September 15, 2018: O: Offset (the first thing that can exist, that has a chance of existence, because it is the first relational boundary)
The definition of offset is the amount a system is out of alignment. To a research scientist the word offset means that a system under study is a disturbed field. So, first, what is it we can learn about systems and fields in relational philosophies, especially those applied to observing the expansion of our universe and the expansion of our perfectly circular, though expanding, droplet?
If the universe were like our perfectly circular droplet then nothing would experience flow, since there are no changes (that’s what coherent suggests in describing a singularity source as coherent). No change in perfectly circular form then no function. So function in our universe is matched with a change in form, and that’s where the mystery of the offset occurs in radial expansion.
Nothing exists if there is no offset, if there is no relationship or change boundary. Our universe was supposed to emerge from a coherent, Big-Bang, singularity source. That singularity that started everything was supposed to be coherent. For a droplet that expands radially the same condition starts the expansion (that is, if there are no vibrations or perturbations that get our droplet out of whack). We might call this perfectly circular expansion outward, a perfectly circular field with all field lines the same distance from their source. But we will discover some eye-opening facts about zero when we come to the letter z. (Z stands for zero, that might exist in our checking account, but in our universe, zero is a limit, that, we hope, does not exist).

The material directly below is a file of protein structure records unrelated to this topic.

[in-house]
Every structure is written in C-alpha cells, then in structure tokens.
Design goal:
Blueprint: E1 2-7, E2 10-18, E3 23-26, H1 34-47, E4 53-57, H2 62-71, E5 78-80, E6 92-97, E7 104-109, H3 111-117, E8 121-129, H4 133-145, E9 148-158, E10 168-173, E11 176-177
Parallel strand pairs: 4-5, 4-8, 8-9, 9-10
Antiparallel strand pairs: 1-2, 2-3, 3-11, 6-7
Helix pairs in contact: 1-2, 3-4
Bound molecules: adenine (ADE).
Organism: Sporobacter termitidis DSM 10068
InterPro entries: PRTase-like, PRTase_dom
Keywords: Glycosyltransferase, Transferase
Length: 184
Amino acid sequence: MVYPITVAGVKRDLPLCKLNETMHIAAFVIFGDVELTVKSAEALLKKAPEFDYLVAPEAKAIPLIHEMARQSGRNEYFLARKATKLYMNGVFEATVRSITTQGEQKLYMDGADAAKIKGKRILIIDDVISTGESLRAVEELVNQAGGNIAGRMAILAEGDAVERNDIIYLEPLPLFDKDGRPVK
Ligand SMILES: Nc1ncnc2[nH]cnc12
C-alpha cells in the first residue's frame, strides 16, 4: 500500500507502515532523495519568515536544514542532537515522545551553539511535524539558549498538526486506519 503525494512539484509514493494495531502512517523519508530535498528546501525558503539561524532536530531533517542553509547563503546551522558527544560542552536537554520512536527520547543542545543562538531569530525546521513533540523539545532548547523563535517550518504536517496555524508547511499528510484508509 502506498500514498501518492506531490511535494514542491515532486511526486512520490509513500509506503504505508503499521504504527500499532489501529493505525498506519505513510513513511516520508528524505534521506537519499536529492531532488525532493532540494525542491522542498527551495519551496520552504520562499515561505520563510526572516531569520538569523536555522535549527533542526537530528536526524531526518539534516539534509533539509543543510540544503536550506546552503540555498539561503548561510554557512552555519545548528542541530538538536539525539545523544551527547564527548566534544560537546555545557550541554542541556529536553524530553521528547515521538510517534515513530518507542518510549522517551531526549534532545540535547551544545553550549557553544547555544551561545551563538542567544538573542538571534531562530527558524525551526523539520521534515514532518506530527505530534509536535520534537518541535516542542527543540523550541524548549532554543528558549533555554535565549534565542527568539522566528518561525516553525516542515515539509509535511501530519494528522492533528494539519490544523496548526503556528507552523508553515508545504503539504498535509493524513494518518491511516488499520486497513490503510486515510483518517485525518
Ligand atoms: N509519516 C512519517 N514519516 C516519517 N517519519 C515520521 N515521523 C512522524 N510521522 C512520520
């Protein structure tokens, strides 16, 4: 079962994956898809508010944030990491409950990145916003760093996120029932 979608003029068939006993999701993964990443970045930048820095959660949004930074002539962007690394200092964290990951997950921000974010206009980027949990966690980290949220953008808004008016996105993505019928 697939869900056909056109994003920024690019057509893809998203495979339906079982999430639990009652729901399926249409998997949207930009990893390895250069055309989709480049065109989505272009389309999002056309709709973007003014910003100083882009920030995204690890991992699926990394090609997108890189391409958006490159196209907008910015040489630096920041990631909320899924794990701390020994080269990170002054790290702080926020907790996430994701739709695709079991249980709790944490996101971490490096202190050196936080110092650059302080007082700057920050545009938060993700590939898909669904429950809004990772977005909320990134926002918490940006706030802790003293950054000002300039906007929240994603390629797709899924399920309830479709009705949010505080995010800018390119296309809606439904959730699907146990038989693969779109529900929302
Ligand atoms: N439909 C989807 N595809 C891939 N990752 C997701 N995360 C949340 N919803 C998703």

So in our universe, not anything can arise from a perfectly circular and stable field. An example of an almost perfectly circular gravitational field might be imagined if we look down at a wine glass filled with water. (requires scanning down on the sample of the research paper) Someone has drawn lines at equal spacings from the bottom of the glass (above the stem) to its lip. All the lines form perfect circles if seen from above. If a light is shown on the wine glass from above, then the circles around the glass will project onto the surface below the glass as perfectly symmetrical circles. The circles tell us the shape of the field the water in the glass is exposed to. Keeping the edge of the water in the glass as a perfect circle is impossible. In this thought experiment, we realize that all kinds of vibrations in the environment will change the shape of the edge of the water as compared to these perfectly circular lines (the circular edge of the water might slosh about, even to cross one of the drawn circular lines on the glass). In the wine glass, it is the shape of the glass that provided the forces on the water to negate the force of gravity it is exposed to.